You don't have to buy all the HWOT branded stuff.  Most of it can be done cheaply DIY.  Dollar-store chalk boards, or MDF with chalkboard paint.  I used car detailing pinstriping stick-on tape to make the lines for lower case work.  Break your own chalk, cut up sponges into small pieces, cut letter pieces out of cardboard etc.

    HWOT method is a lot more than workbooks.  You might benefit from the instructor's guide, if you don't have it already  - there is a lot of information on non-workbook activities.

    Let you OT know that you're using HWOT.  It was developed by an OT.  Your OT might be able to help you tweak it to to help your child get the most out of the program.

  15. 36 minutes ago, ScoutTN said:

    I like to have both a poncho and a rain jacket. Good for different things.

     

    34 minutes ago, Ottakee said:

    I have both too....but really prefer not to have to need either of them😀

    Add a golf umbrella for super luxury car camping 🙂

    • Like 1
  16. 7 minutes ago, Ottakee said:

    I have a similar one but not name brand.  If I were to solo it back country I might upgrade...but usually I will have several friends along and it would be rare for more than 1 stove to malfunction at a time.

    We will see how mine does.   I have used it to make coffee and tea.

    This is one of the reasons why group hiking is safer than solo (beyond the obvious).  Friends = built in equipment redundancy

  17. Just now, Ottakee said:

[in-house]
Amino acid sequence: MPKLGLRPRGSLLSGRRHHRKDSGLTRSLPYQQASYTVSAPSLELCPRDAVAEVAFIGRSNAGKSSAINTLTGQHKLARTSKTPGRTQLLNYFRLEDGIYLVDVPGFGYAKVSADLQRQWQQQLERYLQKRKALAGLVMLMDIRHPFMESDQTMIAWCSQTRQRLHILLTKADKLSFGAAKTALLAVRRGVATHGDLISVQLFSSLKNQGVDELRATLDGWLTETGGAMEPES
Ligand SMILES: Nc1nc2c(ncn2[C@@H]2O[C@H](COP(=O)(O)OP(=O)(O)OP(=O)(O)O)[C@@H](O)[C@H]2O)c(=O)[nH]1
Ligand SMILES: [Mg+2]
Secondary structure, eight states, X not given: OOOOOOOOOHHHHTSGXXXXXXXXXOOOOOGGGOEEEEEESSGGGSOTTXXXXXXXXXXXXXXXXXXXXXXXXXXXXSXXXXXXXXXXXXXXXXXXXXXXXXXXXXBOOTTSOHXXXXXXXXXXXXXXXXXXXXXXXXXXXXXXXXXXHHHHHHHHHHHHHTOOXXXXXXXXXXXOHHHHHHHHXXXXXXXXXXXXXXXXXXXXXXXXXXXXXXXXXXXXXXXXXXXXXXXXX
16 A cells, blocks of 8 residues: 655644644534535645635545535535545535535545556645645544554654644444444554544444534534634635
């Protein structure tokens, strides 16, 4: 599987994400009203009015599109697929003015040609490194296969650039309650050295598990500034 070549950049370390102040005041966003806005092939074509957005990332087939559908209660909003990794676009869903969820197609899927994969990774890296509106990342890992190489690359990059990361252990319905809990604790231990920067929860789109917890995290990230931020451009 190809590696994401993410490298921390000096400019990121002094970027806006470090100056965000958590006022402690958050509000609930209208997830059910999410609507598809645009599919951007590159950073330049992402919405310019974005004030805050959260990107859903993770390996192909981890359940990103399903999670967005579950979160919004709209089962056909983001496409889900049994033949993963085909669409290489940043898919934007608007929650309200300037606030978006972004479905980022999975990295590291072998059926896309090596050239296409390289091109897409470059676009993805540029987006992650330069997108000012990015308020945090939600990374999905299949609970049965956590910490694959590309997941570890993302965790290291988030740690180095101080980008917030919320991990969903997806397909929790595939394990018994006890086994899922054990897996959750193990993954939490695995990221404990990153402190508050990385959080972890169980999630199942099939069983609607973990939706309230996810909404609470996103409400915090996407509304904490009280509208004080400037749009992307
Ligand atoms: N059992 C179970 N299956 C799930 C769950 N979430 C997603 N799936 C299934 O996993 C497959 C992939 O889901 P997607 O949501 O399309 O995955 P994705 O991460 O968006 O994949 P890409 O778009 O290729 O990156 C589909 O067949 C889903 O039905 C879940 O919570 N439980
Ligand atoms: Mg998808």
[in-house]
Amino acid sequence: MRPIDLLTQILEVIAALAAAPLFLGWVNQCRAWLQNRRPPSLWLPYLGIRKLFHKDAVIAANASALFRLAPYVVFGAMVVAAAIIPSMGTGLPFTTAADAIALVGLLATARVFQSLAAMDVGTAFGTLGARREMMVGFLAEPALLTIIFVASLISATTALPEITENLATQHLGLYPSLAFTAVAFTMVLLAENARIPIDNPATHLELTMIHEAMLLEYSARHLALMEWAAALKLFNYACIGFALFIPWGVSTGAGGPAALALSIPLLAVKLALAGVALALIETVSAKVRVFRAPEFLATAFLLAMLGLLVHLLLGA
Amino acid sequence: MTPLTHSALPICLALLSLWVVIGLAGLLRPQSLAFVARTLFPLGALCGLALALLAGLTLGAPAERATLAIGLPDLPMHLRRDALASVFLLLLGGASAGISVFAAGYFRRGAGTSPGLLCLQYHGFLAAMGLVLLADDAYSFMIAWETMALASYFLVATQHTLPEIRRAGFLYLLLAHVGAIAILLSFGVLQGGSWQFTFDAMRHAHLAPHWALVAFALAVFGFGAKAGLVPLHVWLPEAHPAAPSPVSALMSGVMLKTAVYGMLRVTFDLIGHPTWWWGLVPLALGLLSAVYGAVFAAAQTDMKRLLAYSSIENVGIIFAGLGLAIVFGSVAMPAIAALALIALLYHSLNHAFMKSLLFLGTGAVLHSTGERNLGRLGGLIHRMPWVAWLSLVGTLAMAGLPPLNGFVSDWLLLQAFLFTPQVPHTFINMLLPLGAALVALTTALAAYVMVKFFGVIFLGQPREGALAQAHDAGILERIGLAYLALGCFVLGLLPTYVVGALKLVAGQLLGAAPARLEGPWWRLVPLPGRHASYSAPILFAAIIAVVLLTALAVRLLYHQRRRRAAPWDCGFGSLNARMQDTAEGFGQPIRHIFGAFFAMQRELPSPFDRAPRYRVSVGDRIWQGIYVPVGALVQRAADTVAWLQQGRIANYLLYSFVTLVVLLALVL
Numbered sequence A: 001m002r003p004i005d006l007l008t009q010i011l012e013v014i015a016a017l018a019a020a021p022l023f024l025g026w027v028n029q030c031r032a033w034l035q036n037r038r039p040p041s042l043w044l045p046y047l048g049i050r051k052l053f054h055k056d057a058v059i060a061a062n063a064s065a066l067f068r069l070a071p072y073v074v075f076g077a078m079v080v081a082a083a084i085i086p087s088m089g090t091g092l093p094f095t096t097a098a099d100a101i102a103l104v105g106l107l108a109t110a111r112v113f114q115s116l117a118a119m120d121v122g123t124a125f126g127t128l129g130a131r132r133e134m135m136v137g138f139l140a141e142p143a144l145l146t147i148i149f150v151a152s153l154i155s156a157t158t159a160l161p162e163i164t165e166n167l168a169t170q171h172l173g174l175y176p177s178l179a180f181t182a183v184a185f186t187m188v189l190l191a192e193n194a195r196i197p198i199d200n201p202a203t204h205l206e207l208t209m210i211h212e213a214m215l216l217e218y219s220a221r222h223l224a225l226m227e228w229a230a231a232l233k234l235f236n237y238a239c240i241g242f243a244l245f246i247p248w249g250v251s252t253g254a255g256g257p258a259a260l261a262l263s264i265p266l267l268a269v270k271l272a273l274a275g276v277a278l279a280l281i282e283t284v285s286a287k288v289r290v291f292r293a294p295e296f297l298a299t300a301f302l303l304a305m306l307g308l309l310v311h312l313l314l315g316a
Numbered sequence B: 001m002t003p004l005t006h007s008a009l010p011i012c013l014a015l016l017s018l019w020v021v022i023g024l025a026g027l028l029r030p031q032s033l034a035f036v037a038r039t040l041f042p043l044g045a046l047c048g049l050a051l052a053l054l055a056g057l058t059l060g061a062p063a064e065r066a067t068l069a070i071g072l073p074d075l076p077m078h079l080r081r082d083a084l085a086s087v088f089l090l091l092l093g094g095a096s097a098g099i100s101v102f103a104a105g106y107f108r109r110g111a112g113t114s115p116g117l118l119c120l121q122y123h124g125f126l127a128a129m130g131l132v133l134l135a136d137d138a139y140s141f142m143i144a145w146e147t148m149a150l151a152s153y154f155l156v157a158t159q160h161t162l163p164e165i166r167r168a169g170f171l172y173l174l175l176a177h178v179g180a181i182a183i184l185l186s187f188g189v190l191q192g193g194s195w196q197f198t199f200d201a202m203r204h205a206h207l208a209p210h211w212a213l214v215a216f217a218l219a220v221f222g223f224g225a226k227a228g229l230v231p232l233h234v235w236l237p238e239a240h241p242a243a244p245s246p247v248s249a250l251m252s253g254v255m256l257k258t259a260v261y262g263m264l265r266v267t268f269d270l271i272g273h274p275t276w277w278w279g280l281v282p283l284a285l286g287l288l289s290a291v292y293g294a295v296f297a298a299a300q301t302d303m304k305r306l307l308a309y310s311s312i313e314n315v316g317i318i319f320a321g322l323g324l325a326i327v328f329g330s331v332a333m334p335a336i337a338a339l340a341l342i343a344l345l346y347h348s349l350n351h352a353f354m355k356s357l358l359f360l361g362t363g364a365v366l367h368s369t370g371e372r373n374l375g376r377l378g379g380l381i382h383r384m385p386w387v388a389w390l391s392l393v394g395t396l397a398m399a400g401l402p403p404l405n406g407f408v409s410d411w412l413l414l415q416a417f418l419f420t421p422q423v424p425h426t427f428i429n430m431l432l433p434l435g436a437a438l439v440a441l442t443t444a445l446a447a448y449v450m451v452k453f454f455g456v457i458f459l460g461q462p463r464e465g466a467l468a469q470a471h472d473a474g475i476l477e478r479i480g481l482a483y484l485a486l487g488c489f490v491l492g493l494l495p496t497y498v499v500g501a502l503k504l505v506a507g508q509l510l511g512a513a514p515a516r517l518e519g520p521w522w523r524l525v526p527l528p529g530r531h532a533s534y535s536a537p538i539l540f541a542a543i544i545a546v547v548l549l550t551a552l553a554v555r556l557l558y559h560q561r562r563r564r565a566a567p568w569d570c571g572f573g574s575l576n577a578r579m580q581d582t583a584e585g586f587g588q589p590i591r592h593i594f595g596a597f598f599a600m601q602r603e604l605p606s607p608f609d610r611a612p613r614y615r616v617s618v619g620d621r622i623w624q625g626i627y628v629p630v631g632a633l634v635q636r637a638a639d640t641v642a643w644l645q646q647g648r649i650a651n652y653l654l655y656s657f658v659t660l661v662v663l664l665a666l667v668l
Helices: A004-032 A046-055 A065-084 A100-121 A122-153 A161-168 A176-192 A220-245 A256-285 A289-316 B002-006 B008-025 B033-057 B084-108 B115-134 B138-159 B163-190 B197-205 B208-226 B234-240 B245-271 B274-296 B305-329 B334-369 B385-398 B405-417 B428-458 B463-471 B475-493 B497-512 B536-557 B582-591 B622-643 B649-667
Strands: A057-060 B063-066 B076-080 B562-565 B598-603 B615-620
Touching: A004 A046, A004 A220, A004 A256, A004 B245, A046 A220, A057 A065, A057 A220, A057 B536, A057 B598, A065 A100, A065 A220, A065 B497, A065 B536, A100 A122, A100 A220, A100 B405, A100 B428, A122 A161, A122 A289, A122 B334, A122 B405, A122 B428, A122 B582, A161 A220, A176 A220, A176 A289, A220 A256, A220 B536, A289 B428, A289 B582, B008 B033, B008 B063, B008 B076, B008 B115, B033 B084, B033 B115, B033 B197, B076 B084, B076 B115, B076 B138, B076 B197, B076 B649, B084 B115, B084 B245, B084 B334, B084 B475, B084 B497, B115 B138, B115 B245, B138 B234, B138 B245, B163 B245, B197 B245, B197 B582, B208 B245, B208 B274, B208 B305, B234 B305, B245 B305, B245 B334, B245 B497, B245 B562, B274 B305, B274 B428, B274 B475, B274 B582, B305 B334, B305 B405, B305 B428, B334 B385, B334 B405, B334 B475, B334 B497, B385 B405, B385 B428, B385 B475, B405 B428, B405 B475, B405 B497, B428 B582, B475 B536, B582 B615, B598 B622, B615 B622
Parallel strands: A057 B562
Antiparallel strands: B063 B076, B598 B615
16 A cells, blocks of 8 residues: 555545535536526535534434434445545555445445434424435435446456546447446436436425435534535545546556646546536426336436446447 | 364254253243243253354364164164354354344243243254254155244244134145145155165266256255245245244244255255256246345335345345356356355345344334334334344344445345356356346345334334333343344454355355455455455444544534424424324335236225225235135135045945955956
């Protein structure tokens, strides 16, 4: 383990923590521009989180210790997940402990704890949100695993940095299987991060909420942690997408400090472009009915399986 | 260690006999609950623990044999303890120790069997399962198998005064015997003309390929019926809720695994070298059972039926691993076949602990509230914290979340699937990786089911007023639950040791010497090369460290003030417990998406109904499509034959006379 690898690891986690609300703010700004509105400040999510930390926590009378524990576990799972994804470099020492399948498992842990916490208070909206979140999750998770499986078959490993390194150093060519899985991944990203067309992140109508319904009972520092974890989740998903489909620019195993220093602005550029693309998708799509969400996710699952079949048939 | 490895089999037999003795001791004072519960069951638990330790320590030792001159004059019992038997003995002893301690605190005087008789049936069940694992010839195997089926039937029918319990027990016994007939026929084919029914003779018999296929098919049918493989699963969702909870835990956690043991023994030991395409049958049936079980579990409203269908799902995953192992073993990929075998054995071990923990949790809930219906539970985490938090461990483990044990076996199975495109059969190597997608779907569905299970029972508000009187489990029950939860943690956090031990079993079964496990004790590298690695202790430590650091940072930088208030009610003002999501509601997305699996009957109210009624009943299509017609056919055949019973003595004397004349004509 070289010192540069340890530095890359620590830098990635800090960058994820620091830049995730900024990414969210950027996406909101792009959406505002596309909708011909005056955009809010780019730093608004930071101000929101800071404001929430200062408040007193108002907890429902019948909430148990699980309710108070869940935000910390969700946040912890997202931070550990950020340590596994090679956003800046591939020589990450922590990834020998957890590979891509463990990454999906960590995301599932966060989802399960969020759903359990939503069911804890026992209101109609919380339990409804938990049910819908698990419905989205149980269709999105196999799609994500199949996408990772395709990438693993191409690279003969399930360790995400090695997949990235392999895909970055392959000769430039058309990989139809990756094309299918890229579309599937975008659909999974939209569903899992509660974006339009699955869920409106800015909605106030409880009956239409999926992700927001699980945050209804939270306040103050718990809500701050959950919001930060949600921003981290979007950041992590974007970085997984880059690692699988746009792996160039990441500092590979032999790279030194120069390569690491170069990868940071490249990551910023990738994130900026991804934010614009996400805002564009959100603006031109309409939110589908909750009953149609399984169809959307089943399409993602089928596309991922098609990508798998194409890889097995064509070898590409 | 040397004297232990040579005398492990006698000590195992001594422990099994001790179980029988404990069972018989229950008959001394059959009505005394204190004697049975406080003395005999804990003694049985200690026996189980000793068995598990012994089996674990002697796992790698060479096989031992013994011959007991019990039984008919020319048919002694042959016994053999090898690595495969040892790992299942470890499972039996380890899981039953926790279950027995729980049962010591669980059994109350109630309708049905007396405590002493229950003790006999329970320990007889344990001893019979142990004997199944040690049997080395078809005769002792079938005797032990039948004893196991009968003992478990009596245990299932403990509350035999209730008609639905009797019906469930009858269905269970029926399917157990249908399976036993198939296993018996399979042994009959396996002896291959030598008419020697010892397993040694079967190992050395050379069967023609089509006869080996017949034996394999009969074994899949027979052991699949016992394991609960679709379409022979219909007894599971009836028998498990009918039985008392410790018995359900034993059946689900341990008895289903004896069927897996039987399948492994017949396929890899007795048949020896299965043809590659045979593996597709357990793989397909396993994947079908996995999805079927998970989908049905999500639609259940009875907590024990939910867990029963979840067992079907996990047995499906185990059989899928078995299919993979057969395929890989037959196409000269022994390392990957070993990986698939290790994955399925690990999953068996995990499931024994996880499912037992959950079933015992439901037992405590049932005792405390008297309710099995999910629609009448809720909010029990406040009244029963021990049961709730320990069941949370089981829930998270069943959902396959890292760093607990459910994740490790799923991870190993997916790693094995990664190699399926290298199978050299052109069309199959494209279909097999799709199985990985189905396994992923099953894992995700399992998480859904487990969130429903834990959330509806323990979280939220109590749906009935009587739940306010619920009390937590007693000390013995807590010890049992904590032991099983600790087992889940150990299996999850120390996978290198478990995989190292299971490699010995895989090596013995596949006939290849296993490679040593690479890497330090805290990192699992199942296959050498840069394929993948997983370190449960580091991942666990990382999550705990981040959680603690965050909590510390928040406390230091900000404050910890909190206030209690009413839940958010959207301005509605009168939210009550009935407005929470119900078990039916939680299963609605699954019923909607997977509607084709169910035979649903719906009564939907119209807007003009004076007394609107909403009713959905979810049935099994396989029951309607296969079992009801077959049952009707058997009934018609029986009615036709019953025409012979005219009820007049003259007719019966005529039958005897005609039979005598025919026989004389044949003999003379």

Because I don't want to waste my mountain house dehydrated meals. Maybe I can make my own up....but, ok, really, I just love a hot dog cooked over an open fire.

    Good enough reason!

    But you could cook soup out of a can on your backpacking stove to go with your hotdogs.  And boil up some tea!

    • Like 3
  18. 15 minutes ago, ScoutTN said:

    Love my jet-boil for a light stove! 

    They're not for me; too tippy, and not versatile enough (I like to play around with cooking while on the trail).  I love my trusty Trangia; it's bomb-proof (I actually have two - my dad's 27 model from the 1970's, and a newer 25).  Next best white gas MSR whisperlite from the 90's.

    Funny stove story:  I took a winter camping seminar for scouts leaders a couple of years ago.  It was bring your own stove and cook your own lunch.  The trainers both had cooking mishaps:  The jetboil guy's jet boil tipped over and dumped his lunch on the ground, and the white-gas trainer somehow lit his whole stove (and some of the surrounding pine needles on the ground) on fire.  Trusty Trangia made soup and grilled cheese without incident.  ETA; with plenty to share with the lunchless trainers 🙂

    Now I want to know what kind of stove @Ottakeehas!

     

    • Like 1
    • Haha 1
  19. 3 minutes ago, Ottakee said:

    This will sorta be a combo of trying out some backpacking stuff but also having more comforts.   I can't totally go backpack mode as my tent is a 7*7 and weighs 8-10# and I just have a plain big, heavy sleeping bag and pad....and I want my pillow😀.

    I might do hotdogs over the fire and s'mores for supper but then try out my backpacking stove to make coffee/tea, oatmeal, etc for breakfast.

    I will use my phone battery bank charger and carry my water.

    Total hybrid camping.  I will have a fire and likely my regular lawn chair but I will have my hammock in my pack.

    Why not use your backpacking stove for supper too?  Test, test, test.

    • Like 1
  20. 4 minutes ago, ScoutTN said:

    Love rain boots or something else waterproof to slip on at night or early am for a quick trip to the restroom with dry feet.

     

    Yes, extra footwear!  You can have rain boots and sneakers and hiking boots and crocs......